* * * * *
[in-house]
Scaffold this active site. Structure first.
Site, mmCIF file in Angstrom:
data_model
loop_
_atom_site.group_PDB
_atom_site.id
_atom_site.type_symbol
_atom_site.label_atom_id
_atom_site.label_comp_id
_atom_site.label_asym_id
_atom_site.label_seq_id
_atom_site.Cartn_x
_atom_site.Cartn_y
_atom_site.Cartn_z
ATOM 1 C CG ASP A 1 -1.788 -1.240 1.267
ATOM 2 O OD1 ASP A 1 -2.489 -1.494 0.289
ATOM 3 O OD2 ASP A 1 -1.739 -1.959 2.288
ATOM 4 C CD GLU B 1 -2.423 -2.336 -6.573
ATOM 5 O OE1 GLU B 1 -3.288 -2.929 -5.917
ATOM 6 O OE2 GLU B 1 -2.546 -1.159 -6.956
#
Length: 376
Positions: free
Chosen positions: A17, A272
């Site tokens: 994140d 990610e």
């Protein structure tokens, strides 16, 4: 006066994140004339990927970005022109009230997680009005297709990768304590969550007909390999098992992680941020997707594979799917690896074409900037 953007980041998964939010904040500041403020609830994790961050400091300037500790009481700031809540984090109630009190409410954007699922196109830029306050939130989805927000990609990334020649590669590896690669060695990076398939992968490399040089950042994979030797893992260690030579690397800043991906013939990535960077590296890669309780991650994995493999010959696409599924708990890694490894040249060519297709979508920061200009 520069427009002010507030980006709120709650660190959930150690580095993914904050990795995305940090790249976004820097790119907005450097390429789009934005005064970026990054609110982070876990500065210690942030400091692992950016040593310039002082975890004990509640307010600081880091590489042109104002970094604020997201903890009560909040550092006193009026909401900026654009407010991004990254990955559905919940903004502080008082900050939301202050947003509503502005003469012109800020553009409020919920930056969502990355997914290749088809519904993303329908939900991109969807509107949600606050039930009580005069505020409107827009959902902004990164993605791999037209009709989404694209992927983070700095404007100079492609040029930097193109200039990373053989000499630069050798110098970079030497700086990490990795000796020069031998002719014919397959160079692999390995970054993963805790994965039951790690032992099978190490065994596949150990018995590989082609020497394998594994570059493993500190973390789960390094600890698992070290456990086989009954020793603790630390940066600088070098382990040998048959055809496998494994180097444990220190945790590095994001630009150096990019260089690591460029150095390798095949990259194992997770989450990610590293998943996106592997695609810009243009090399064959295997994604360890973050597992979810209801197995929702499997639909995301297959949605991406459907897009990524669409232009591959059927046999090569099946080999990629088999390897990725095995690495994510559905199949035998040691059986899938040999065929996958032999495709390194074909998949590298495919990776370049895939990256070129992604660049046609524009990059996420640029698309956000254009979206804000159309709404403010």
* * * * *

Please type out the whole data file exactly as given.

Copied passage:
[in-house]
Scaffold this active site. Structure first.
Site, mmCIF file in Angstrom:
data_model
loop_
_atom_site.group_PDB
_atom_site.id
_atom_site.type_symbol
_atom_site.label_atom_id
_atom_site.label_comp_id
_atom_site.label_asym_id
_atom_site.label_seq_id
_atom_site.Cartn_x
_atom_site.Cartn_y
_atom_site.Cartn_z
ATOM 1 C CG ASP A 1 -1.788 -1.240 1.267
ATOM 2 O OD1 ASP A 1 -2.489 -1.494 0.289
ATOM 3 O OD2 ASP A 1 -1.739 -1.959 2.288
ATOM 4 C CD GLU B 1 -2.423 -2.336 -6.573
ATOM 5 O OE1 GLU B 1 -3.288 -2.929 -5.917
ATOM 6 O OE2 GLU B 1 -2.546 -1.159 -6.956
#
Length: 376
Positions: free
Chosen positions: A17, A272
């Site tokens: 994140d 990610e």
């Protein structure tokens, strides 16, 4: 006066994140004339990927970005022109009230997680009005297709990768304590969550007909390999098992992680941020997707594979799917690896074409900037 953007980041998964939010904040500041403020609830994790961050400091300037500790009481700031809540984090109630009190409410954007699922196109830029306050939130989805927000990609990334020649590669590896690669060695990076398939992968490399040089950042994979030797893992260690030579690397800043991906013939990535960077590296890669309780991650994995493999010959696409599924708990890694490894040249060519297709979508920061200009 520069427009002010507030980006709120709650660190959930150690580095993914904050990795995305940090790249976004820097790119907005450097390429789009934005005064970026990054609110982070876990500065210690942030400091692992950016040593310039002082975890004990509640307010600081880091590489042109104002970094604020997201903890009560909040550092006193009026909401900026654009407010991004990254990955559905919940903004502080008082900050939301202050947003509503502005003469012109800020553009409020919920930056969502990355997914290749088809519904993303329908939900991109969807509107949600606050039930009580005069505020409107827009959902902004990164993605791999037209009709989404694209992927983070700095404007100079492609040029930097193109200039990373053989000499630069050798110098970079030497700086990490990795000796020069031998002719014919397959160079692999390995970054993963805790994965039951790690032992099978190490065994596949150990018995590989082609020497394998594994570059493993500190973390789960390094600890698992070290456990086989009954020793603790630390940066600088070098382990040998048959055809496998494994180097444990220190945790590095994001630009150096990019260089690591460029150095390798095949990259194992997770989450990610590293998943996106592997695609810009243009090399064959295997994604360890973050597992979810209801197995929702499997639909995301297959949605991406459907897009990524669409232009591959059927046999090569099946080999990629088999390897990725095995690495994510559905199949035998040691059986899938040999065929996958032999495709390194074909998949590298495919990776370049895939990256070129992604660049046609524009990059996420640029698309956000254009979206804000159309709404403010």